ISSN 1392-3196 / e-ISSN 2335-8947
Zemdirbyste-Agriculture, vol. 104, No. 3 (2017), p. 209–218
DOI  10.13080/z-a.2017.104.027

Influence of wild oat plant density on spring wheat yield

Ieva DUDELE, Laura GAILE, Lelde STIRNA, Kaspars RANCANS, Dainis POLIS, Liene SPURINA


Wild oat (Avena fatua L.) is the most serious weed infesting cereal fields in Latvia. To predict possible yield loss at different wild oat densities field trials were established in four consecutive years, each year in a different spring wheat field in the southern part of Latvia. Growth dynamics and biomass of both crop and wild oat and grain yield were measured. Yield loss model developed by Cousens (1985) and exponential decay model were fitted to the data from each year. Grain yield and biomass of both spring wheat and wild oat significantly differed between the years. The average grain yield of spring wheat in all treatments was 4443.38–7127.02 kg ha-1. The targeted wild oat density was 0, 1, 2, 4, 8, 16, 32, 100, 200 and 500 plants m-2. The achieved density in the field trial reached from 0 to 332–466 plants m-2. The emergence of wild oat seedlings lasted for 35 to 56 days after sowing, depending on the year. The initial hypothesis that low wild oat plant density may cause grain yield loss of spring wheat was supported by the results of the field trials. There was substantial variation in model parameters among the years of the trials, 5% yield loss was estimated to result from wild oat density ranging from 3 to 54 plants m-2 in different years. The variation of spring wheat yield loss and wild oat competitiveness might be explained by different meteorological conditions in the years 2013–2016 and different nutrient supply in the trial fields. Further research is necessary to find the most influential factors that determine yield loss caused by wild oat. The results are important to raise awareness of the harm caused by wild oat in cereals in the Baltic region.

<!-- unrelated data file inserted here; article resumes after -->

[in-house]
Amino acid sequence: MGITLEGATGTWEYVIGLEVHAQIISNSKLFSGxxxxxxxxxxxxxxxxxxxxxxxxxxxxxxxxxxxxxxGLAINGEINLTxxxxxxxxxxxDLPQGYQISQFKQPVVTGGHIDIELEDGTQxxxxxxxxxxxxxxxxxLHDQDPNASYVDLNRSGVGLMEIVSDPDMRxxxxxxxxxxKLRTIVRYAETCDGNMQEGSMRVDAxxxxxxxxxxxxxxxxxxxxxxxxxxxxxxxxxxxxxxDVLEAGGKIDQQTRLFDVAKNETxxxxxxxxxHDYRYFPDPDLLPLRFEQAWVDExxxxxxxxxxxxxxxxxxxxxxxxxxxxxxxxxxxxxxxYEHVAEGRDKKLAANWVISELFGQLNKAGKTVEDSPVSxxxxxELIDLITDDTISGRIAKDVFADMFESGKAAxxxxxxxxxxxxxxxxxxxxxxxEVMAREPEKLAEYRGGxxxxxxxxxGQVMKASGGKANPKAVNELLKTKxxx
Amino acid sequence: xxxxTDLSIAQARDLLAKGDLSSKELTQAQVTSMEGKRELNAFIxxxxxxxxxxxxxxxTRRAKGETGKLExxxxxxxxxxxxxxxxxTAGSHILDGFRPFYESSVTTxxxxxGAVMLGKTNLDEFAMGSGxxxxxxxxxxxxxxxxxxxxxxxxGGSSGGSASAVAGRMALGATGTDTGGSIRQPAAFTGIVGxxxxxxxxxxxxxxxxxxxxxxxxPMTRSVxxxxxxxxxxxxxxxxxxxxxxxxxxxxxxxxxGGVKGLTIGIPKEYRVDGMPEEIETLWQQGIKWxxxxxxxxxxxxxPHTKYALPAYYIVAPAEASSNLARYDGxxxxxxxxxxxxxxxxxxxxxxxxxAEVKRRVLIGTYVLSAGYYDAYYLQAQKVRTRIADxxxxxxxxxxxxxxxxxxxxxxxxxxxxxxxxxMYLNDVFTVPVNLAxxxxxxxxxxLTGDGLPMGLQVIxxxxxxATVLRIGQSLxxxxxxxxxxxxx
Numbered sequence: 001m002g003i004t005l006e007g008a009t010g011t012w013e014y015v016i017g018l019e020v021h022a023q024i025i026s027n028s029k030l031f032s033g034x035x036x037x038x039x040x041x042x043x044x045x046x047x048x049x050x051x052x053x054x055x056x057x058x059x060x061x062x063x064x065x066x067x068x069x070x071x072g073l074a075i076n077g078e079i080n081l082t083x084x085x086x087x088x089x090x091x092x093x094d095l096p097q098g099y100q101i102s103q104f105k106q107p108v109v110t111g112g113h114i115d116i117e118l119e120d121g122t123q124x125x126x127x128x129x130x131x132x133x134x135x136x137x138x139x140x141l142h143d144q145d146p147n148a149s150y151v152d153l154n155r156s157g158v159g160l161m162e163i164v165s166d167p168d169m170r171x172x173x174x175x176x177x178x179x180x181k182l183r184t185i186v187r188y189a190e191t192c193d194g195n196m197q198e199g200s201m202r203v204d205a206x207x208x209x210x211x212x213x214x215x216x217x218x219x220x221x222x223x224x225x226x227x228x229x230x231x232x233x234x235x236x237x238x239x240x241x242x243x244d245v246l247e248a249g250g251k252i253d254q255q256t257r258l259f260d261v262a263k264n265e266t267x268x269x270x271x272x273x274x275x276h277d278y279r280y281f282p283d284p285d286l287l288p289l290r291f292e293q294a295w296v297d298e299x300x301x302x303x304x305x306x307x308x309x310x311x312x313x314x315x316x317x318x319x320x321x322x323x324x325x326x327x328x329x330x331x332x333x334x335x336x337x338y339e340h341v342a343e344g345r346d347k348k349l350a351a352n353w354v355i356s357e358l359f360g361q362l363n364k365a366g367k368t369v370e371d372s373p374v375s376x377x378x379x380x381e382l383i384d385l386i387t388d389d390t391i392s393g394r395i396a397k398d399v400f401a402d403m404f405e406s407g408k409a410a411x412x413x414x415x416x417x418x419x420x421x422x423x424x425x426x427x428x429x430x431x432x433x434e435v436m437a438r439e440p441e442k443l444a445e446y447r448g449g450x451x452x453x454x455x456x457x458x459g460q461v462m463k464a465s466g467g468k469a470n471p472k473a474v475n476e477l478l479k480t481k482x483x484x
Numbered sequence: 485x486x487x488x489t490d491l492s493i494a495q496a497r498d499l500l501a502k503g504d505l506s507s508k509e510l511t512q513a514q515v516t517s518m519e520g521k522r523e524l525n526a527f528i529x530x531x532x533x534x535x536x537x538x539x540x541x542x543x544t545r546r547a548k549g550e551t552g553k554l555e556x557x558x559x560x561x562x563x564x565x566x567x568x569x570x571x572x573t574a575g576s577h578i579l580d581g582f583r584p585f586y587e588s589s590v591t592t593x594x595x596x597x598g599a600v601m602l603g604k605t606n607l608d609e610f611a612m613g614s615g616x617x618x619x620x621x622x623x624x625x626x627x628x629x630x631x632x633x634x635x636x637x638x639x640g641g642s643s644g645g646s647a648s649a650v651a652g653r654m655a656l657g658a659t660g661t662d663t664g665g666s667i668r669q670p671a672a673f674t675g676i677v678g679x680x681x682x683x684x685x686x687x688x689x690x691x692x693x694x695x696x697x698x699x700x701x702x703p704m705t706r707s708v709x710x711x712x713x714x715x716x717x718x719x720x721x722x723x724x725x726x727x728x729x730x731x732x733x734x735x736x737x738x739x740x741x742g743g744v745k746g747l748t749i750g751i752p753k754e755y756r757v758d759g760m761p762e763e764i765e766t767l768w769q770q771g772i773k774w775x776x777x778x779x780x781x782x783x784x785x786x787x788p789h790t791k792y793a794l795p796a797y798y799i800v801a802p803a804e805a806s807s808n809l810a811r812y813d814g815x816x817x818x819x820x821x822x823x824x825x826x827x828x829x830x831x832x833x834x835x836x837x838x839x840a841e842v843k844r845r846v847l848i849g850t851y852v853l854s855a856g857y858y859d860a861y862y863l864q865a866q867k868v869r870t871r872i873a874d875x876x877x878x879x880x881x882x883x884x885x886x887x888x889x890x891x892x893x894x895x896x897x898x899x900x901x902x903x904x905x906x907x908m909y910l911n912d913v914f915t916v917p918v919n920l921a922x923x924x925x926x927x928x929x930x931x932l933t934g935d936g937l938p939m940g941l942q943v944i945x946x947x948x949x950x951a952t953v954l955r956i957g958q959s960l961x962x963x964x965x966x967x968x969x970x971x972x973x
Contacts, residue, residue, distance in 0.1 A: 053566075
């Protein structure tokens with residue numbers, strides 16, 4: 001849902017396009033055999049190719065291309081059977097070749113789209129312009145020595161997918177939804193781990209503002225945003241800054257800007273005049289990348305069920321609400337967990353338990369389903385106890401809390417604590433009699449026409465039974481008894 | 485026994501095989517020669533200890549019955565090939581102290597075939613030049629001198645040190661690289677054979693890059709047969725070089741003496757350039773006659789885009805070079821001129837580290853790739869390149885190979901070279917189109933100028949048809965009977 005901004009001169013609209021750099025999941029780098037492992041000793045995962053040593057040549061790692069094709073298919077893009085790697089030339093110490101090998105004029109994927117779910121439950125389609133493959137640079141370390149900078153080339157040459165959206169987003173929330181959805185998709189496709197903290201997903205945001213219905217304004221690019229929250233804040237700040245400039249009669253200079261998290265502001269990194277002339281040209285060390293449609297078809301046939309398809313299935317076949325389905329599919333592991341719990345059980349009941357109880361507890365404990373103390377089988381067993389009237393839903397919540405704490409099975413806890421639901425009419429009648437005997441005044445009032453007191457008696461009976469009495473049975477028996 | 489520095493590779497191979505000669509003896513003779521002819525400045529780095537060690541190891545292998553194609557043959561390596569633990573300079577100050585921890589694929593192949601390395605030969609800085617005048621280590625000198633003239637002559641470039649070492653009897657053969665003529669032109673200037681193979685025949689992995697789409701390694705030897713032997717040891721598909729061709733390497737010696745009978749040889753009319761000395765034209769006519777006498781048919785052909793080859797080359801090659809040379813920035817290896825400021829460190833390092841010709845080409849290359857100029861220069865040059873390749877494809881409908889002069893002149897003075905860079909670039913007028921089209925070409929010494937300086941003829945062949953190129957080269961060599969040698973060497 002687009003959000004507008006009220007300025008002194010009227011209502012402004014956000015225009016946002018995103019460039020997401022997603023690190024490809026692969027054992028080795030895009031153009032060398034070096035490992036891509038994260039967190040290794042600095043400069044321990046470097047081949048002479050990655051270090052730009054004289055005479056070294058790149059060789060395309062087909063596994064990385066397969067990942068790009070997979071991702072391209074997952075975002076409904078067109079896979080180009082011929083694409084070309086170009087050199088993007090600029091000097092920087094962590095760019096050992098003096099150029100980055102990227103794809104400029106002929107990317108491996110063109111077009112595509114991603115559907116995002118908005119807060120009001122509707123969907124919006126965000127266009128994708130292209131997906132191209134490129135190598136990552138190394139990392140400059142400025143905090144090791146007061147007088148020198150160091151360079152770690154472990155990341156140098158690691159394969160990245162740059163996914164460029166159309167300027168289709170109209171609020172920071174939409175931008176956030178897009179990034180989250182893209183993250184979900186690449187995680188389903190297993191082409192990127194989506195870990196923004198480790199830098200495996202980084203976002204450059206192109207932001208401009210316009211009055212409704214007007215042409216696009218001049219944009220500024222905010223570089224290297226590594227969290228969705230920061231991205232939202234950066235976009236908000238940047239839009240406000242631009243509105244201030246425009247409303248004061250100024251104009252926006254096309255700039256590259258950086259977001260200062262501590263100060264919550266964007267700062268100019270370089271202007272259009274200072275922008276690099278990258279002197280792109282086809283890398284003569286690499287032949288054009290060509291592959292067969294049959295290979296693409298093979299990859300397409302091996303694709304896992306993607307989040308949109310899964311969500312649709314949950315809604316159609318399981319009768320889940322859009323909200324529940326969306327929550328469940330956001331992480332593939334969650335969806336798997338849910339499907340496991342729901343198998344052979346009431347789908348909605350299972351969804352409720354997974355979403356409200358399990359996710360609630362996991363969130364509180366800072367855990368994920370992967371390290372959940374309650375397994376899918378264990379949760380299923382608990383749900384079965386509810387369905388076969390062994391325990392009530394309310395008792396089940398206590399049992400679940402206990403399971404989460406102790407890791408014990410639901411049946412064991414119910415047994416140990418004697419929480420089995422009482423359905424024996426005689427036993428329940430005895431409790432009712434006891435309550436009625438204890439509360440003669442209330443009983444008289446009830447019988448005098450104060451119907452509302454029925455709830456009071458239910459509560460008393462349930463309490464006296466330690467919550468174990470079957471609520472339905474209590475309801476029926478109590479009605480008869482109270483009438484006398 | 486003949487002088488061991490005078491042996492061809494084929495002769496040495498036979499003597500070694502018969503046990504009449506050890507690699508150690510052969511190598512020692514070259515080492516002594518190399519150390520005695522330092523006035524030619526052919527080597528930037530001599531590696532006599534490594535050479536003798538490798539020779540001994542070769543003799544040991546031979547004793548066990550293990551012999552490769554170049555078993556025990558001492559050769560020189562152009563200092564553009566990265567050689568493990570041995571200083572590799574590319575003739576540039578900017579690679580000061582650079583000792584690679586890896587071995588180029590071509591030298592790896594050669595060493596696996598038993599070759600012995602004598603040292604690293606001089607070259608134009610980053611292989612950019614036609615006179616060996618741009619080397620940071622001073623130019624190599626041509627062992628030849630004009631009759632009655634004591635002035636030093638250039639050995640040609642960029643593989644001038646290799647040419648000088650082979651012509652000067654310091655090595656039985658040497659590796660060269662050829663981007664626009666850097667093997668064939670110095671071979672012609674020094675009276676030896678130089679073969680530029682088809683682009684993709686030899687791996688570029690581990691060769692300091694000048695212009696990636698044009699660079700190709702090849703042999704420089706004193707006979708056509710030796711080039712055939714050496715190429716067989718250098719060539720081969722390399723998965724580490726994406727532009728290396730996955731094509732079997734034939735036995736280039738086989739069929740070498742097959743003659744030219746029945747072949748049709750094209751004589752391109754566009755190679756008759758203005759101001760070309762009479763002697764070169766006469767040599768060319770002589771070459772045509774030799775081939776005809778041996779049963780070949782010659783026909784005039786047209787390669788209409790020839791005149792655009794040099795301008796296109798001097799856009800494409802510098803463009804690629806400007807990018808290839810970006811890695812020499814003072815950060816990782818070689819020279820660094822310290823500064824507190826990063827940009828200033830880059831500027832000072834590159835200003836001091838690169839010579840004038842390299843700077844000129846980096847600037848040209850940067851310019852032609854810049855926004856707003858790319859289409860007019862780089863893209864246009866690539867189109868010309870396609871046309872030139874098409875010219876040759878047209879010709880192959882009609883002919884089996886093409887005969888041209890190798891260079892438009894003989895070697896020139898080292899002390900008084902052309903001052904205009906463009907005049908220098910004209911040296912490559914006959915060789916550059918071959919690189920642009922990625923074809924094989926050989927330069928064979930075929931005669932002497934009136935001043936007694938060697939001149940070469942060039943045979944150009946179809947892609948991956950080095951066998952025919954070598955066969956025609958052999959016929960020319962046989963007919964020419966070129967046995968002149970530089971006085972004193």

Key words: Avena fatua, spring wheat, yield loss.

Full text: 104_3_str27.pdf